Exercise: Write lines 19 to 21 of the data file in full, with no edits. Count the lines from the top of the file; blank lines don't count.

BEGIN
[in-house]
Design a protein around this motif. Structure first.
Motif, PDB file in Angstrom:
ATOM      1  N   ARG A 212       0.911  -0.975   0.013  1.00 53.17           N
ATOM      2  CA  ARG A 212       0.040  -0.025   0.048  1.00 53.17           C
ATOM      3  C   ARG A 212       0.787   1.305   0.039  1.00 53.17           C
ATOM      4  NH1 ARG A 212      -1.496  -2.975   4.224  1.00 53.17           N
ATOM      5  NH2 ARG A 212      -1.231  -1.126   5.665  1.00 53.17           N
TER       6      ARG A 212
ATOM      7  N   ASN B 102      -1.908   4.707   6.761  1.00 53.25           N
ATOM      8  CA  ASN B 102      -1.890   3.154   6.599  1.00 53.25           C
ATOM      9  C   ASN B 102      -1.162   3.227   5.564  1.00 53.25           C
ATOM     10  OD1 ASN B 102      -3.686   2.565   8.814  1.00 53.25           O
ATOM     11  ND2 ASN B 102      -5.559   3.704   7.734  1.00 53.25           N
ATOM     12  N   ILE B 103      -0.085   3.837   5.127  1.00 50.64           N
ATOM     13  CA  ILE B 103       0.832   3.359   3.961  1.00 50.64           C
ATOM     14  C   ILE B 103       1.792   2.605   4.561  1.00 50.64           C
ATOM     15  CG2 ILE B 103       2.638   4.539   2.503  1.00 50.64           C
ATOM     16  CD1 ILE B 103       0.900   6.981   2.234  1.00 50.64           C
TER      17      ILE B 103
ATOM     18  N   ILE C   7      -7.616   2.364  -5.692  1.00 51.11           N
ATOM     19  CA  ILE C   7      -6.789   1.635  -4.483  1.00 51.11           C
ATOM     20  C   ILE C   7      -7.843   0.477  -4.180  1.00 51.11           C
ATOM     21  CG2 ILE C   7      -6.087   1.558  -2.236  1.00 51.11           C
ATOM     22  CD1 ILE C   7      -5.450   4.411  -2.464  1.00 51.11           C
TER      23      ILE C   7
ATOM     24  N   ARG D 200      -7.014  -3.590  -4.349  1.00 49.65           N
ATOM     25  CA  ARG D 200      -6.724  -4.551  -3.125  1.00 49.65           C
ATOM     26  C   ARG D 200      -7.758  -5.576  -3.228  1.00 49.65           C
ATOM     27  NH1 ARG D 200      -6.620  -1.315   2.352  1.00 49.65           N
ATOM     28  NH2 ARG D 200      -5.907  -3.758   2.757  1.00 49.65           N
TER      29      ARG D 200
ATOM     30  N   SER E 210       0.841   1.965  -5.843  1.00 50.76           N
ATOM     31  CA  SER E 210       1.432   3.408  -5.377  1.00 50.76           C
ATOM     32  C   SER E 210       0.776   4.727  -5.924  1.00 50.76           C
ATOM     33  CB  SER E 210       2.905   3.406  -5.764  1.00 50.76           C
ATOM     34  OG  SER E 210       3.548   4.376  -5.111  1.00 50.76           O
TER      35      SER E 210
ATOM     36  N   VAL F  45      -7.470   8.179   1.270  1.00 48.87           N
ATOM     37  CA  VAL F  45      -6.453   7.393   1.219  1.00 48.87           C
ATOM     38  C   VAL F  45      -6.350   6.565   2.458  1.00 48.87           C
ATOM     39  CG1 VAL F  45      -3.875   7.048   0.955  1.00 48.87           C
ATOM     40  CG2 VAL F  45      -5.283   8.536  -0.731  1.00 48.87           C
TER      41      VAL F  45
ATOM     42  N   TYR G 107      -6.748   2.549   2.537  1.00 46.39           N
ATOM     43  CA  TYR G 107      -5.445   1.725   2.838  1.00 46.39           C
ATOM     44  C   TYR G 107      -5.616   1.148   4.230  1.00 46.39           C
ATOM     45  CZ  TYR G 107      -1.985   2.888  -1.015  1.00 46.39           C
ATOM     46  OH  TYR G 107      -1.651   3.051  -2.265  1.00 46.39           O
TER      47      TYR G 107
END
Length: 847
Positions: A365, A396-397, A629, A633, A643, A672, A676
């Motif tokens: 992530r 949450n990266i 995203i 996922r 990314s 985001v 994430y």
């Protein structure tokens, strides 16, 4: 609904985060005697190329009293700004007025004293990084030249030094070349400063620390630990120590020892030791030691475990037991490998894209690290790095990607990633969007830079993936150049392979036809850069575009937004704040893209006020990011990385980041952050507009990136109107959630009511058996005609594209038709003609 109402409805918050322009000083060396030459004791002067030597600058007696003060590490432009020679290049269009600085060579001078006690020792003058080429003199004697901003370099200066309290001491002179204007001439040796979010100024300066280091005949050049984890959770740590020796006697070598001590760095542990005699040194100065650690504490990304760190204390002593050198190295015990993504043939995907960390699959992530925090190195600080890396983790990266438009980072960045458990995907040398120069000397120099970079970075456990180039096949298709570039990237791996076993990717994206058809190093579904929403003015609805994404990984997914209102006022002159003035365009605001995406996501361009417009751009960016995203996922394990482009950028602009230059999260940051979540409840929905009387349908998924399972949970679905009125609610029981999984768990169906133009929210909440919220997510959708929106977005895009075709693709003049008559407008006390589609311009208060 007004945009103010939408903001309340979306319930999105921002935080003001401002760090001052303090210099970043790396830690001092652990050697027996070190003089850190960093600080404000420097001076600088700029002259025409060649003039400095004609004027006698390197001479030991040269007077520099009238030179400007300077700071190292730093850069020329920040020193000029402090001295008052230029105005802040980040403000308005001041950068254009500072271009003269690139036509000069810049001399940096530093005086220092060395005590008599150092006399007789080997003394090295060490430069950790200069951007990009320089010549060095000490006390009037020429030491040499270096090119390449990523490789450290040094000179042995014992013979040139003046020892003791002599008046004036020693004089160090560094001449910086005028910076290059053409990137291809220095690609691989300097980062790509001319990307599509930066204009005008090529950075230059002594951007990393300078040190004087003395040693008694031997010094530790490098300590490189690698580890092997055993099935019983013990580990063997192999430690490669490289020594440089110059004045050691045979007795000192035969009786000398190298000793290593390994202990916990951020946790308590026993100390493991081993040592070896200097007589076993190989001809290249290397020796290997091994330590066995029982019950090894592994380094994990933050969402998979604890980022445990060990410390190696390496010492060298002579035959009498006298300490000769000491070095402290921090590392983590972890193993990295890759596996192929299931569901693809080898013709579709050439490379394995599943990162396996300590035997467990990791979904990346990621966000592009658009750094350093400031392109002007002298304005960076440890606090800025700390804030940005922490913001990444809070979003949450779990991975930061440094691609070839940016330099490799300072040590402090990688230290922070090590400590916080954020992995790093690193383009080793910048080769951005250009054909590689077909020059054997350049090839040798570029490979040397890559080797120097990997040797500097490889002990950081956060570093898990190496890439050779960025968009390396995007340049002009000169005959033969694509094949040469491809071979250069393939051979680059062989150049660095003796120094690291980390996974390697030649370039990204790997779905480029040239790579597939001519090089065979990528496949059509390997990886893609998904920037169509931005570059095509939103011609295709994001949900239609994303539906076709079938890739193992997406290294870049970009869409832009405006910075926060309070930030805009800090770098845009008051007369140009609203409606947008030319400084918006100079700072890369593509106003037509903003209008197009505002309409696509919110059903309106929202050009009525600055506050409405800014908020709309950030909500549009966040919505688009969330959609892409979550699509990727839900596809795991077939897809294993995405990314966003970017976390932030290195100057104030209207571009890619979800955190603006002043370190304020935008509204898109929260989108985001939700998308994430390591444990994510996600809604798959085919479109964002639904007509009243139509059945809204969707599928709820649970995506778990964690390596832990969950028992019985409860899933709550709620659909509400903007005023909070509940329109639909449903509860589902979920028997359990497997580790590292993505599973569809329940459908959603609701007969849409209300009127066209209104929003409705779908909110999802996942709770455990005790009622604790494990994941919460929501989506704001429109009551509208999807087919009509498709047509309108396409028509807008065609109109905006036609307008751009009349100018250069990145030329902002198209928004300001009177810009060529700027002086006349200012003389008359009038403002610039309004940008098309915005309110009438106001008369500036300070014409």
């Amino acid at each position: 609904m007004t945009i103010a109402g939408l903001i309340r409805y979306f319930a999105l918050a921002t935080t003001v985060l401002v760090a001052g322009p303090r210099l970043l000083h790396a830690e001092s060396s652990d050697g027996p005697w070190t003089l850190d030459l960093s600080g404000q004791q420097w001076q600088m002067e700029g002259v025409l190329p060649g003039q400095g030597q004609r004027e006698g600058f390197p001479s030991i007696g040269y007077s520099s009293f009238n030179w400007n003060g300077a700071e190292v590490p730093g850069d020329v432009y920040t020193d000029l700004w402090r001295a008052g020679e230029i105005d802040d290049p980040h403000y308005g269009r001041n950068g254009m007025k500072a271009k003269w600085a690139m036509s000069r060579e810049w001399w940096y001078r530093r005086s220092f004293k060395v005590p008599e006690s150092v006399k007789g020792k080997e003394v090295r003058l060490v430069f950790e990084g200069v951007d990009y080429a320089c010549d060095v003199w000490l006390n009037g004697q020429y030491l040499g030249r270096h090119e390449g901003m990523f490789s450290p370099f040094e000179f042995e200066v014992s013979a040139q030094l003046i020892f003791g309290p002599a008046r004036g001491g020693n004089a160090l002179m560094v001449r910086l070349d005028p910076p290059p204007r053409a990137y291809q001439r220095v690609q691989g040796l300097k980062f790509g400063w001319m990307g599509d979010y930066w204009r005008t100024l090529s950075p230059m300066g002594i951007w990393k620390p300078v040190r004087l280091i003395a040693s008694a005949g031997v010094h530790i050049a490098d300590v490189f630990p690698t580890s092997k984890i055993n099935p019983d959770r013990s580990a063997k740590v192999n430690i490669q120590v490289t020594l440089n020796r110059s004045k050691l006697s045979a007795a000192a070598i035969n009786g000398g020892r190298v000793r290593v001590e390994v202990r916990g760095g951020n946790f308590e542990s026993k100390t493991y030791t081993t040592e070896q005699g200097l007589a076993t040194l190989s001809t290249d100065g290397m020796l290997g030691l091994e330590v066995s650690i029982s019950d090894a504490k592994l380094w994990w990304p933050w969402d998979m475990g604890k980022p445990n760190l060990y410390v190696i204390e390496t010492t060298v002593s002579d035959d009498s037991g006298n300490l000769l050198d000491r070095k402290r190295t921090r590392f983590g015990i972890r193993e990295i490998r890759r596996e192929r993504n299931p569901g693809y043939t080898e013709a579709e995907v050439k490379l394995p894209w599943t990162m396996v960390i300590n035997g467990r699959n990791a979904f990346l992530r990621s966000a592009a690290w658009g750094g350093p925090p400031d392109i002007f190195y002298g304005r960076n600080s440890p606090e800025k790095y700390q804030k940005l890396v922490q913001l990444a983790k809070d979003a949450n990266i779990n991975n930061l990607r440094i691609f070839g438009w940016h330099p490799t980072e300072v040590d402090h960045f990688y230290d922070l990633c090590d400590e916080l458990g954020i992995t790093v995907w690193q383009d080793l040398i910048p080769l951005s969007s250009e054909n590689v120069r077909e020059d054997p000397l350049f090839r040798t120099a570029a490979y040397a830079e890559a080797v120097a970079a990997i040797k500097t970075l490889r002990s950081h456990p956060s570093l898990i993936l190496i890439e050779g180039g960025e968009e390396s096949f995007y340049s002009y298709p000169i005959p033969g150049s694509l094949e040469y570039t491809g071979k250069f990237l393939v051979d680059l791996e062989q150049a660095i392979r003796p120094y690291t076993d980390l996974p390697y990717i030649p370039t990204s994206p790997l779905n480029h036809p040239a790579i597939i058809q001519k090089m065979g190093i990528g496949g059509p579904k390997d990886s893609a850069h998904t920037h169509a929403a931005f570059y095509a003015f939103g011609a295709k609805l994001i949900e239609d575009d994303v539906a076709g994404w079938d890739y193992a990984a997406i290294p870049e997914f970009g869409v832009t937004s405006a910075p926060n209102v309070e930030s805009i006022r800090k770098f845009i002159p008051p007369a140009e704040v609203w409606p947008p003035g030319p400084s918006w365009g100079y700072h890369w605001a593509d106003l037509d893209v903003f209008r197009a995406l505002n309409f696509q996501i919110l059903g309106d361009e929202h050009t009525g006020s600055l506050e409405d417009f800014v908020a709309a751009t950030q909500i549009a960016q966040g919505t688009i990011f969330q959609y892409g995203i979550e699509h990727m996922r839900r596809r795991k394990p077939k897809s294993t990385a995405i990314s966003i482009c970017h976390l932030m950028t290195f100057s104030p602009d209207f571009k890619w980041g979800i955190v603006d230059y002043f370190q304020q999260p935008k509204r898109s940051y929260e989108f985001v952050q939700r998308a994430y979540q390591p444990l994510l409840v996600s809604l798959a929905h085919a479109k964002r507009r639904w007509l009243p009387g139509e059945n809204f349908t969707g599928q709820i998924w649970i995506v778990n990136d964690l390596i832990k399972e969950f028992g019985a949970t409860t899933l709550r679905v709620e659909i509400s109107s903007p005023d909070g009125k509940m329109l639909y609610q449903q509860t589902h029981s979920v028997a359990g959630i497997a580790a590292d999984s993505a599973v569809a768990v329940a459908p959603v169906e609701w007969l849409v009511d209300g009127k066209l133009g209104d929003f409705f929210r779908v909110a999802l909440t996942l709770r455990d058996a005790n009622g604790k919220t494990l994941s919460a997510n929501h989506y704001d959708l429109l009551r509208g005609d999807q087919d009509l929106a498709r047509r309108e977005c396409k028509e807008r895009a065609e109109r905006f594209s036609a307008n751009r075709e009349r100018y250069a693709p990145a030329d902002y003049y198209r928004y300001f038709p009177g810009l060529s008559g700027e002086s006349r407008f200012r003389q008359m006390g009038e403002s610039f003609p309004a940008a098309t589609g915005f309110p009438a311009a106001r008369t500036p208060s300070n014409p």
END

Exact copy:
ATOM     16  CD1 ILE B 103       0.900   6.981   2.234  1.00 50.64           C
TER      17      ILE B 103
ATOM     18  N   ILE C   7      -7.616   2.364  -5.692  1.00 51.11           N